The petroleum industry was not the only energy sector affected by the COVID-19 stay-at-home guidelines; electricity demand in Utah was also impacted. Residential electricity usage increased by 9 percent in April 2020 and 21 percent in May, compared with the average of the past five years. This increase was expected as many Utahns transitioned to working from home and schools shut down. In contrast, commercial electricity usage dropped 13 percent in April and 11 percent in May as most businesses had to shut down, at least temporarily. Industrial electricity demand remained steady as factories and other industrial complexes mostly continued to operate. Electricity demand should generally return to normal in summer 2020 (data only currently available through May) as the economy begins to reopen, but a resurgence in COVID-19 infections could change this scenario.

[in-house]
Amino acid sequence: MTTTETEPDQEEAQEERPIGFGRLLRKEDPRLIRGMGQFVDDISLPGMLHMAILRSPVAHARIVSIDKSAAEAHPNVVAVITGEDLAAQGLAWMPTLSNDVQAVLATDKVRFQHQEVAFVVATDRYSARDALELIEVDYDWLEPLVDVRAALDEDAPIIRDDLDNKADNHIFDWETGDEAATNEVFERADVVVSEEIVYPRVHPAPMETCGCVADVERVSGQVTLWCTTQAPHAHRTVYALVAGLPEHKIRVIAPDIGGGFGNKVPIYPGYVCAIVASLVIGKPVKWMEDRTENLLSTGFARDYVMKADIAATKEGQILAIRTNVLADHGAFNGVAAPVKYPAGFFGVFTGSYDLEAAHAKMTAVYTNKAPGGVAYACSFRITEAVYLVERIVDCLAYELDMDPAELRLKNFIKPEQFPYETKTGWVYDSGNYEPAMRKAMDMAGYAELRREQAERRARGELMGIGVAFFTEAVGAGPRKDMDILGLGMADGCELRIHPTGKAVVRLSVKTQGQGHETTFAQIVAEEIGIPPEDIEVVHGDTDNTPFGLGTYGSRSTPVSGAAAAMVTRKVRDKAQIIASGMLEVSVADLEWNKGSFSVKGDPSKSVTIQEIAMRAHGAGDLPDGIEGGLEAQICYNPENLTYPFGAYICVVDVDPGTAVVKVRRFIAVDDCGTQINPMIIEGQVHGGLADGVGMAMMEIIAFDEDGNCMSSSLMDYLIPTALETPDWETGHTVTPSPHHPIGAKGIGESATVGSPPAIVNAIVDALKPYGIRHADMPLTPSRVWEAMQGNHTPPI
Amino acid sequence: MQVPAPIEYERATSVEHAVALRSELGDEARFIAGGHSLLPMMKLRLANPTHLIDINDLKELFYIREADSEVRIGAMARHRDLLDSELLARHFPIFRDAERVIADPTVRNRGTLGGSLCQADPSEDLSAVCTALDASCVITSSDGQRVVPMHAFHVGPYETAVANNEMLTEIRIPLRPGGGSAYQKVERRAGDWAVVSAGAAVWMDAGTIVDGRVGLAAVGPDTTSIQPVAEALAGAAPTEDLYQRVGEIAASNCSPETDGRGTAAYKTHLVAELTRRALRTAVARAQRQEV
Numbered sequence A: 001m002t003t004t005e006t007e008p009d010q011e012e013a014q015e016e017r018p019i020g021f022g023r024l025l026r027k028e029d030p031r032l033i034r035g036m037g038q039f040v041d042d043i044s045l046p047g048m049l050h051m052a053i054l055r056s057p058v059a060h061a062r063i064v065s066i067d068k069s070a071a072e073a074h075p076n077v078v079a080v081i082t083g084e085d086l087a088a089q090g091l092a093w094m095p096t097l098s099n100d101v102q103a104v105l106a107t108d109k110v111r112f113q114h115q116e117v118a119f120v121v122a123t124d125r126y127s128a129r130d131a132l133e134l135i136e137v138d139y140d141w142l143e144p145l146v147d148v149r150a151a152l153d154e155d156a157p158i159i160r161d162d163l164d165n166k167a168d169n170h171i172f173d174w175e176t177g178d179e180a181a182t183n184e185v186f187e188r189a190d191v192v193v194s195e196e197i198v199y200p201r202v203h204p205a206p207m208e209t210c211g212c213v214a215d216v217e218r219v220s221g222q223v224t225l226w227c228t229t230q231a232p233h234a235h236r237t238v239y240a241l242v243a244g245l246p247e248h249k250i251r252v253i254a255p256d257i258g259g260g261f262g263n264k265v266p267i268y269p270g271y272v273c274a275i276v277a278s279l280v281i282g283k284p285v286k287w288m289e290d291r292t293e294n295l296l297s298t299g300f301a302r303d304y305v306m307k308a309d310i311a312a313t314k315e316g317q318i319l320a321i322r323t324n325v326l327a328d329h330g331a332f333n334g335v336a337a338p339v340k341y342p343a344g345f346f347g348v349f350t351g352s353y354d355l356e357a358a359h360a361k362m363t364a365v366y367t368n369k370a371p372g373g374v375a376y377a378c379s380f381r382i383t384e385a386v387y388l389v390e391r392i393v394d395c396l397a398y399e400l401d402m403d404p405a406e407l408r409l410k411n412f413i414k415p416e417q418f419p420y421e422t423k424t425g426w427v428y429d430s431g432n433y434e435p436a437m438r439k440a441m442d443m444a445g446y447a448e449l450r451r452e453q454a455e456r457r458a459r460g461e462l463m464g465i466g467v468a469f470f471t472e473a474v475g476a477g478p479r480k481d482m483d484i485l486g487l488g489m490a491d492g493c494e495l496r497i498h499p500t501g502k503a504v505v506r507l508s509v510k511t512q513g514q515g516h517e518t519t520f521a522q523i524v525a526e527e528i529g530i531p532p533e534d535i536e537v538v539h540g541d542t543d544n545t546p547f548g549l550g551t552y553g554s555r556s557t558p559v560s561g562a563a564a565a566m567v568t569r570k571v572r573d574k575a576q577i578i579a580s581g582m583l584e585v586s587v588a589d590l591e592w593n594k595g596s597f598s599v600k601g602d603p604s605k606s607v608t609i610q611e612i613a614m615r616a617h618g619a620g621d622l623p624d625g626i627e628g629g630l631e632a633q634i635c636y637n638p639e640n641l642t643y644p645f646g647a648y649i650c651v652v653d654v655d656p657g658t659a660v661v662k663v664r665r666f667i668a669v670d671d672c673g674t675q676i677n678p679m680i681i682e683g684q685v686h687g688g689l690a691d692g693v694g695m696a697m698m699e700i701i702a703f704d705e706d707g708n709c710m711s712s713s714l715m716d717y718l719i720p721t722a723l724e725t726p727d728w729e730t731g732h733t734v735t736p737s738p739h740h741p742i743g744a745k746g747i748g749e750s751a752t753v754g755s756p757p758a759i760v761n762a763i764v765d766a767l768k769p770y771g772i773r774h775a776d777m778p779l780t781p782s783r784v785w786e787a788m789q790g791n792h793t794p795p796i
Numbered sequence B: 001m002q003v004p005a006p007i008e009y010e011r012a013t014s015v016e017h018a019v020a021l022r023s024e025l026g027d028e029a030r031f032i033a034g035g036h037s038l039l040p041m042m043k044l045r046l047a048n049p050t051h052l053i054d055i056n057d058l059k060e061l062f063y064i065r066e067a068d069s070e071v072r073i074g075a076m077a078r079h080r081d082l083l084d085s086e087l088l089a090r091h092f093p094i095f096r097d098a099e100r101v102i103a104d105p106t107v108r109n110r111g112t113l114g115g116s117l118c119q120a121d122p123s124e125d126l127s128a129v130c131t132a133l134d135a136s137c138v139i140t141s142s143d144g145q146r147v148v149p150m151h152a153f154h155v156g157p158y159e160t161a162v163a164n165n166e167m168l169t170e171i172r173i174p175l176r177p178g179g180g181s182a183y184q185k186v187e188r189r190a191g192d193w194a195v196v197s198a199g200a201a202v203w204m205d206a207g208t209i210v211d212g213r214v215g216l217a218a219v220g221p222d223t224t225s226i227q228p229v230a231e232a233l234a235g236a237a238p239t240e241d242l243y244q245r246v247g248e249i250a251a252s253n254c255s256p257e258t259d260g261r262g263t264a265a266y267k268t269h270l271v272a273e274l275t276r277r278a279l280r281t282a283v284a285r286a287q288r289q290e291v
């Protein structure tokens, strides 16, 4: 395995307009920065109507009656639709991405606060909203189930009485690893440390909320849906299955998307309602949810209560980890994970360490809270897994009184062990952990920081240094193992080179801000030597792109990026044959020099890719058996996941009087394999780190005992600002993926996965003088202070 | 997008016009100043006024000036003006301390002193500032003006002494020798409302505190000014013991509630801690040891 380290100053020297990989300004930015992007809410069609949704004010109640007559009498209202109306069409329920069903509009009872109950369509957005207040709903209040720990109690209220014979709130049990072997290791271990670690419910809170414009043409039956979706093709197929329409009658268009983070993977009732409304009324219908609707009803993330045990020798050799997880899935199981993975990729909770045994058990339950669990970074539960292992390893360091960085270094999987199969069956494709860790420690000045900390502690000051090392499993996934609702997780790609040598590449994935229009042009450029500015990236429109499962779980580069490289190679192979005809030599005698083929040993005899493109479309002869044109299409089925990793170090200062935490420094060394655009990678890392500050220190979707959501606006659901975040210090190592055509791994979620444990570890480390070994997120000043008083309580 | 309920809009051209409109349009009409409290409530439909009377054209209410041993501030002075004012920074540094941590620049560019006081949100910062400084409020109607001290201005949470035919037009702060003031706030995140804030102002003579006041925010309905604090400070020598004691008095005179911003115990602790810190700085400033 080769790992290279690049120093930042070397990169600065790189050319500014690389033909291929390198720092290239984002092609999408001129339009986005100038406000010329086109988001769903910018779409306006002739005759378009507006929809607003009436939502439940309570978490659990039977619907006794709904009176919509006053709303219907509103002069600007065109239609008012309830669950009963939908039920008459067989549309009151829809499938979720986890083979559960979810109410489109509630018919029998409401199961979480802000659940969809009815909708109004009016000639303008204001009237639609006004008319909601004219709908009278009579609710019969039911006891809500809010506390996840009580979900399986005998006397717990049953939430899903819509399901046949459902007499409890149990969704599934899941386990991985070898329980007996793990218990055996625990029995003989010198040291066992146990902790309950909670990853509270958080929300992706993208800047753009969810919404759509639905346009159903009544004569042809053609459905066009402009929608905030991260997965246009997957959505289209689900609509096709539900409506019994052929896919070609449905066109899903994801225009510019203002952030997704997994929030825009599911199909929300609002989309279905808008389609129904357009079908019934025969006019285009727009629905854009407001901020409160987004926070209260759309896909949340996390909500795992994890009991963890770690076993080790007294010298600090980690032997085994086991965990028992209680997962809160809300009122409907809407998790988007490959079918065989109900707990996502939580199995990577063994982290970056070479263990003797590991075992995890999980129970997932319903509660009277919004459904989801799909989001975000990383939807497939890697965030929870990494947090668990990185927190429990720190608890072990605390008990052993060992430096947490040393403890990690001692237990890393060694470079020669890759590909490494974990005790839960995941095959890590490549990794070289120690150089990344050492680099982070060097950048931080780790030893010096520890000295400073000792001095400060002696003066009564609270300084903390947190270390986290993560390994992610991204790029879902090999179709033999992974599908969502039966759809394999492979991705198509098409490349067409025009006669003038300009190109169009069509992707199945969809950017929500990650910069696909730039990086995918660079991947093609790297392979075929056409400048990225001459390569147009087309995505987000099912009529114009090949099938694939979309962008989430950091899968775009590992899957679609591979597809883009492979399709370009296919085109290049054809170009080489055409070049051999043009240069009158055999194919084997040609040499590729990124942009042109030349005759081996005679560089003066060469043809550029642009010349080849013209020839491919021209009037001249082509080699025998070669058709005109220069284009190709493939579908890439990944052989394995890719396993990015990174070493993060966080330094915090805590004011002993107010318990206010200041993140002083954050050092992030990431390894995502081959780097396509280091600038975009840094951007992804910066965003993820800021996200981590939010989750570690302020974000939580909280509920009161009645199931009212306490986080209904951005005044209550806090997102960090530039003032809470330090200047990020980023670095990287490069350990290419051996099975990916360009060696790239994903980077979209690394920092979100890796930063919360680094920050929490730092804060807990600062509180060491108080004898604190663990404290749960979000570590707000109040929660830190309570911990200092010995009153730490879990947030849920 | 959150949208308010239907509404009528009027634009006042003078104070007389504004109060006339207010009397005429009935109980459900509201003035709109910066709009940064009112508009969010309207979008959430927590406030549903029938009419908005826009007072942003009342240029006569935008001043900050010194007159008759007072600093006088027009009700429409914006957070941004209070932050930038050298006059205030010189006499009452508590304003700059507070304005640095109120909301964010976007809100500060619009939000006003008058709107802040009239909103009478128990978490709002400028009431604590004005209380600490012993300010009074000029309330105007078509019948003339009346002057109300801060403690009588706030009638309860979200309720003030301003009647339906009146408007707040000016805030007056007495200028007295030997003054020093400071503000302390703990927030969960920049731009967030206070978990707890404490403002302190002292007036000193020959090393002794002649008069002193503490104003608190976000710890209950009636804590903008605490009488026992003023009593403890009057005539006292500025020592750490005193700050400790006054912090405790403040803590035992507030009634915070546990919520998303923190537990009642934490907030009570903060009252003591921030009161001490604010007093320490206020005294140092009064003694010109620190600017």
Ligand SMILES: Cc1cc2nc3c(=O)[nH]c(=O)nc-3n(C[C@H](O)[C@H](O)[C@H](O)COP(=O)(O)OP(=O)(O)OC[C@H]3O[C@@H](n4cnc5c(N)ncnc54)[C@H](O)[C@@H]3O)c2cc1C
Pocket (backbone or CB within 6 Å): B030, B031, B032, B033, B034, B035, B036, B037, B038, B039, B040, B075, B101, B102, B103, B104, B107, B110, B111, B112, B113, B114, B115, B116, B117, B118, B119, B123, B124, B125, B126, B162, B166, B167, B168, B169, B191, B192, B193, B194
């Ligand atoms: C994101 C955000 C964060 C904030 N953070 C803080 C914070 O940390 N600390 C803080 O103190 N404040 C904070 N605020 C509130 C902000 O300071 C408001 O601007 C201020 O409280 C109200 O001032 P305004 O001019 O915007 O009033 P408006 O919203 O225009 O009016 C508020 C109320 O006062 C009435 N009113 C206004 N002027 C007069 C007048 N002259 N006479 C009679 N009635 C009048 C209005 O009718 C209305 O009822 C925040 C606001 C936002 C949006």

Source: U.S. Energy Information Administration

The COVID-19 pandemic has dramatically impacted all aspects of life in Utah and beyond. These impacts have rippled through our economy, affecting some industries more than others. Utah’s upstream petroleum industry was severely impacted, and the effects of reductions in price, production, and related jobs to Utah’s rural economy will be difficult to manage for many months, if not years. In contrast, demand for petroleum products in Utah has already mostly rebounded and impacts on electricity demand have been minimal and short-lived. As new virus infections continue to surge in July, impacts and restrictions might endure well into the fall, further impacting Utah’s energy economy. The Utah Geological Survey will continue to monitor the effects of COVID-19 on Utah’s energy industry.